It happened so much later in the season this year, probably because of the October rains. When a northerly front blasts through here with clouds and rain accompanying it, we don’t get quite so cold. A dry front, however, is usually deadly. Without moisture to warm the ground a little, or cloud cover to serve as an insulator, the temperature can sink like a stone.

We knew the cold front heading our way early last week was going to be a dry one. And because we’re in this valley – a “cold pocket” in the extreme – we’ve learned from experience what must be done. First, PVC hoops needed to be placed along the rows that would ultimately be draped with floating row covers.

Once the hoops were in place, wads of spun polyester were rolled out (most of them used for the second, third or eleventh time – showing their ages by how dirty they were, how riddled with holes, or both).

Only the row covers already pinned to the ground could handle that afternoon’s brisk north wind. The remainder of the covers would have to wait until early evening to be draped over the other crops, after the breeze died down. Davy, Dana and Mary graciously worked a little late helping to get everything ready…

…while Farmer John supervised.

Okay, to be fair, he did more than stand and watch. He also pointed.

Wait. Wait. Before John reads this, I have to come clean. After dark that evening, while I sipped a glass of wine and made a delicious, wholesome soup consisting of fresh greens (chard, in this case, but any of the varieties would do), potatoes and great northern (to coincide with the direction of the wind) beans, Farmer John trudged through the farm putting the row covers in place, his head lamp illuminating the way.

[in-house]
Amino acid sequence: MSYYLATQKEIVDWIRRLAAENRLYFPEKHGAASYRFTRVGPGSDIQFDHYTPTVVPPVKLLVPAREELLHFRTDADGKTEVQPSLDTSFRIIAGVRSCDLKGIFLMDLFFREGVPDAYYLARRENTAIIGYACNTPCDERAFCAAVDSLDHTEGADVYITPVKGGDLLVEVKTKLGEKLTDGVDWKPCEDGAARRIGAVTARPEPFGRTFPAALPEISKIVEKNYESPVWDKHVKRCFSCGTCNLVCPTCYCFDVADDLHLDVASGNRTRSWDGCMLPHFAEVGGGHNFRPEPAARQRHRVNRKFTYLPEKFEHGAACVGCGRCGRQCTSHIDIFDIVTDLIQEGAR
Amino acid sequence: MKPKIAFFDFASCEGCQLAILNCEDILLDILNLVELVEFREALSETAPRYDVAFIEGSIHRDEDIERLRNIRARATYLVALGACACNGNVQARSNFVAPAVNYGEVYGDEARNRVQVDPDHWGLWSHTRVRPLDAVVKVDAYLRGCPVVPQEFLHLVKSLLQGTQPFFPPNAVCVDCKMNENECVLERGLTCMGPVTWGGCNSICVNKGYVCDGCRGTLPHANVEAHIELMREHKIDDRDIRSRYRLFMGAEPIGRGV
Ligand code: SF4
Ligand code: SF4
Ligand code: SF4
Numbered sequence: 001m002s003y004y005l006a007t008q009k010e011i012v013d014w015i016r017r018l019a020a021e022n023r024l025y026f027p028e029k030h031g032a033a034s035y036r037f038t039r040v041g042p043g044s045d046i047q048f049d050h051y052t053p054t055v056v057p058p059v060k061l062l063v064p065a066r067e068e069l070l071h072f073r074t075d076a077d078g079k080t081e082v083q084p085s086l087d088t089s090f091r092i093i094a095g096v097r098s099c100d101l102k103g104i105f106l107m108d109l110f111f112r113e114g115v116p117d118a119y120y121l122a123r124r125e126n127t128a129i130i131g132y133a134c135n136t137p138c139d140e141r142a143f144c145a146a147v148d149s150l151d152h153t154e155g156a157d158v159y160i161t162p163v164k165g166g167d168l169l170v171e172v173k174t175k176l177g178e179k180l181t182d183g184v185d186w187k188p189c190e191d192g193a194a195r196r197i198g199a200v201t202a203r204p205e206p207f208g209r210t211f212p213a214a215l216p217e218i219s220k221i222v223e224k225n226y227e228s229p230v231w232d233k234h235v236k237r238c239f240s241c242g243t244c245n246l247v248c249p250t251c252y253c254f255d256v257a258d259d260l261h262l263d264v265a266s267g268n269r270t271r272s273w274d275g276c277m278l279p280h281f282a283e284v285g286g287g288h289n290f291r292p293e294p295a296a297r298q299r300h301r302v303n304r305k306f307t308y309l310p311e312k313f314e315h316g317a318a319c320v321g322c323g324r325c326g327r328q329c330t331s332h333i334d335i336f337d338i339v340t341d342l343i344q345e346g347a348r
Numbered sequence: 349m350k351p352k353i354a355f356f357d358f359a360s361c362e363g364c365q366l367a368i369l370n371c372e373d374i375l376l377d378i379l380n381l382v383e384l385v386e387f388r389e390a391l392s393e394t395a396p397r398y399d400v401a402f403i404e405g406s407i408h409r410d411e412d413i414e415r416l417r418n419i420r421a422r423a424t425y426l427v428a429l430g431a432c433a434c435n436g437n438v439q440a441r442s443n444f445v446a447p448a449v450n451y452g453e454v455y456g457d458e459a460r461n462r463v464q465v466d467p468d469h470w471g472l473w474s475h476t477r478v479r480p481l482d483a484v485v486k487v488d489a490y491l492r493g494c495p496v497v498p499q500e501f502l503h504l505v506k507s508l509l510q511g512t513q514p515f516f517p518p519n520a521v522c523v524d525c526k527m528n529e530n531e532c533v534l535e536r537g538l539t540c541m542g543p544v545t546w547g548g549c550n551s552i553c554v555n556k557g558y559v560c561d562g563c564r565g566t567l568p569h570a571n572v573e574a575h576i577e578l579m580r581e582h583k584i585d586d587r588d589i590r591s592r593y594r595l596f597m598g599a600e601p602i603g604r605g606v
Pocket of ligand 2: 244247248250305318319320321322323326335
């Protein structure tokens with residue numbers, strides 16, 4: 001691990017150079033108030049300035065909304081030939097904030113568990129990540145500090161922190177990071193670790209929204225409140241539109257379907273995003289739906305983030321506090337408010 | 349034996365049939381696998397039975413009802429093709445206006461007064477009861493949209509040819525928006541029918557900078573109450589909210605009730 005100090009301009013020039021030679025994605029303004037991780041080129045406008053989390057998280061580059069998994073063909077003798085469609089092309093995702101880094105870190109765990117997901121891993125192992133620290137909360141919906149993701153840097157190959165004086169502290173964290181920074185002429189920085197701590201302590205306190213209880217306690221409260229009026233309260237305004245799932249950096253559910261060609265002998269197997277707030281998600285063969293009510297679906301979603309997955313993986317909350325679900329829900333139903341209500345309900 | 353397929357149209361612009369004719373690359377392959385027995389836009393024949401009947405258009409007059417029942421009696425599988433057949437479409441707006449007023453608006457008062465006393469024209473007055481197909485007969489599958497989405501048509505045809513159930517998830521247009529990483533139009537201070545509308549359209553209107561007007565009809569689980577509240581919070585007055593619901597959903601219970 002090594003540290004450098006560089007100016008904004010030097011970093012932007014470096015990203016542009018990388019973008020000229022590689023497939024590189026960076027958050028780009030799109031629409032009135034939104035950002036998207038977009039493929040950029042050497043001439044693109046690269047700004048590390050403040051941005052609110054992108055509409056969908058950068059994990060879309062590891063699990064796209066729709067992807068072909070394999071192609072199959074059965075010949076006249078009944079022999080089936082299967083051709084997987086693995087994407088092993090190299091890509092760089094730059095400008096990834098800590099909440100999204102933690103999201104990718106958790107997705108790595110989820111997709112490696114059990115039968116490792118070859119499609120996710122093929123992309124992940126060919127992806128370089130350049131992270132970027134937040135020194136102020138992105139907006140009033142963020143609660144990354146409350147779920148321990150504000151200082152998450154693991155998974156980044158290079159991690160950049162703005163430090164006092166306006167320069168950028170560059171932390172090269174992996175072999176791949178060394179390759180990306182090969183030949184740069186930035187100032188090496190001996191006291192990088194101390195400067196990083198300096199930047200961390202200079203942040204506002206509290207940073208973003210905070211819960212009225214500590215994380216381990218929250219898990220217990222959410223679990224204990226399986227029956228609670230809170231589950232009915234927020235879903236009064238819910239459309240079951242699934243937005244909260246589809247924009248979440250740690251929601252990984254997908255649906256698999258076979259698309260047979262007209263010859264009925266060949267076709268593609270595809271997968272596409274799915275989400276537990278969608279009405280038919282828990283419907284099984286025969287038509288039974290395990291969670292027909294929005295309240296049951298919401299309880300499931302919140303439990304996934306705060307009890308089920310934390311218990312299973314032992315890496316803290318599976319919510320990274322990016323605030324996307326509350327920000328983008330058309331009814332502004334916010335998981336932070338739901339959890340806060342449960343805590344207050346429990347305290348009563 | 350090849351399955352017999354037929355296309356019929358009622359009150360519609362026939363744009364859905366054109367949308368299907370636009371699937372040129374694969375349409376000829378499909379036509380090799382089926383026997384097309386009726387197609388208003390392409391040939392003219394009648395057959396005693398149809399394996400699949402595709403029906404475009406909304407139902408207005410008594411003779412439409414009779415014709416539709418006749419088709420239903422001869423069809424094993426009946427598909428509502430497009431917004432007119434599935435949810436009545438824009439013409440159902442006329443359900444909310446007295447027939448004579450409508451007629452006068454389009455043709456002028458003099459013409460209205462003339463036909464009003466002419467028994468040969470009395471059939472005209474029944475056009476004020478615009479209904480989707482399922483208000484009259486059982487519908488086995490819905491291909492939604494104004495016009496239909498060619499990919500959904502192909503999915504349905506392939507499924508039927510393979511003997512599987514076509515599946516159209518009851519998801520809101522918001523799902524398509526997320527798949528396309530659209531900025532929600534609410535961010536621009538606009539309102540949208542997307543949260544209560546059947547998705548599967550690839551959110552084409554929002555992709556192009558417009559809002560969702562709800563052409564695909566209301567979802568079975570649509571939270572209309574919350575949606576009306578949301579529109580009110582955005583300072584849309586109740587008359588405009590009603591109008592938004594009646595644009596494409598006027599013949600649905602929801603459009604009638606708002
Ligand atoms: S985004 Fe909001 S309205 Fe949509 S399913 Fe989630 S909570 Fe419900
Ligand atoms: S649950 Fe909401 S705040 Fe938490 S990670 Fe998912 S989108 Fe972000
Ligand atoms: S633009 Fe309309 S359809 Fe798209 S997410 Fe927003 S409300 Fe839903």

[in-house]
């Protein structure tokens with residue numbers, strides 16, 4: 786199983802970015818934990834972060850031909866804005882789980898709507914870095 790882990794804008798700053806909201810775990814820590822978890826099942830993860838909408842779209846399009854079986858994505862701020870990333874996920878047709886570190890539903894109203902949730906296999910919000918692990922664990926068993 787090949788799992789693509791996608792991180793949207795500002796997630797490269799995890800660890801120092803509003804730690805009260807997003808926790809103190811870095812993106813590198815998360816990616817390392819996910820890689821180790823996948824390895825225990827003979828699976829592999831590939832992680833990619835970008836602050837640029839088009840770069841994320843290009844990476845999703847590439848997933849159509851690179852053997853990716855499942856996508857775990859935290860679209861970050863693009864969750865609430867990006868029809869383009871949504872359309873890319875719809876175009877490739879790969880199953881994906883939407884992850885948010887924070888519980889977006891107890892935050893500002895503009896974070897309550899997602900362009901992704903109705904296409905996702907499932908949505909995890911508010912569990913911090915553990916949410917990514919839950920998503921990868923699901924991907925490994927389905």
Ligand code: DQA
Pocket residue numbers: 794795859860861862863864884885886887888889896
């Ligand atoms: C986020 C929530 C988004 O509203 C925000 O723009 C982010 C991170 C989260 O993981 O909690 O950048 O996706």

Prior to beginning that onerous chore, he and I first made some Important Executive Decisions. Although every/one had hooped up darn near every/thing, John and I snapped out of emergency mode and recognized that it wasn’t necessary to cover it all. Had we anticipated a low temperature of 17 degrees, it would have been a different story – but we were looking at probably more like the upper 20’s.

We started ticking off which crops were most needy: Peppers and eggplant, for sure. Lettuces and the most delicate leafy greens would benefit from row covers simply to avoid uglification by tip burn, while the rest – brussels greens, kale, cabbages and the like – were on their own.

I should know better than assume I’ll sleep well the night of the first freeze. Especially knowing some crops – important crops – hadn’t been covered. The logical side of my brain assured me cabbages can handle the cold. Then, in the middle of the night, the irrational side of my brain (the side that always shows itself in the middle of the night) whispered that the temperatures might be dropping into the teens at that very instant, damaging the rows of tender Farao cabbages we so hoped to harvest in abundance for the Thanksgiving markets.

The logical side reminded me that I could have staved off the irrational side’s intrusion into my dreams, had I allowed myself to dip into the anti-anxiety pills stashed away in the bathroom. The prescription bottle is a leftover from my surgery almost two years ago, but I’ll bet the stuff still works. By that time of night, though, it was too late to go rummaging through cabinets.

As it turned out, our low was 28 degrees, not 17. The Farao cabbage came through it unscathed. So did the immature savoy cabbage, also uncovered. The irrational side of my brain obviously forgot to murmur nocturnal warnings about these flawless beauties. That would have certainly – and needlessly – kept me awake until dawn.

I’m thinking when the next freeze hits, to silence that pesky irrational side and guarantee a good night’s sleep, I’m taking one of those pills.

***Here’s what we’ll be bringing to the stand this Wednesday:

LOTS of beautiful lettuces for your Thanksgiving salads – butterhead, red leaf, green leaf and romaine; tender & sweet Farao cabbages; Napa cabbages; the first Savoy cabbages; “Cheddar” orange cauliflower (we have our fingers crossed for a lot…we’ll have to wait and see how much is ready for harvest); lettuce mix; spinach; Provencal lettuce/chicory salad mix; arugula; bunches of chard; bunches of Asian greens; bunches of Brussels greens; broccoli greens; two varieties of kale – dinosaur kale and curly kale; collards; pink and purple radishes; lovely heads of escarole; bell peppers; eggplant; and some odds and ends.

Jo Dwyer
Angel Valley Organic Farm
Farm stands:
In Jonestown on FM1431 at the blinking yellow light, Saturdays beginning at 10 a.m.;
In NW Austin on Jollyville Road between Oak Knoll and Duval (at the Asian American Cultural Center), Wednesdays beginning at 10 a.m.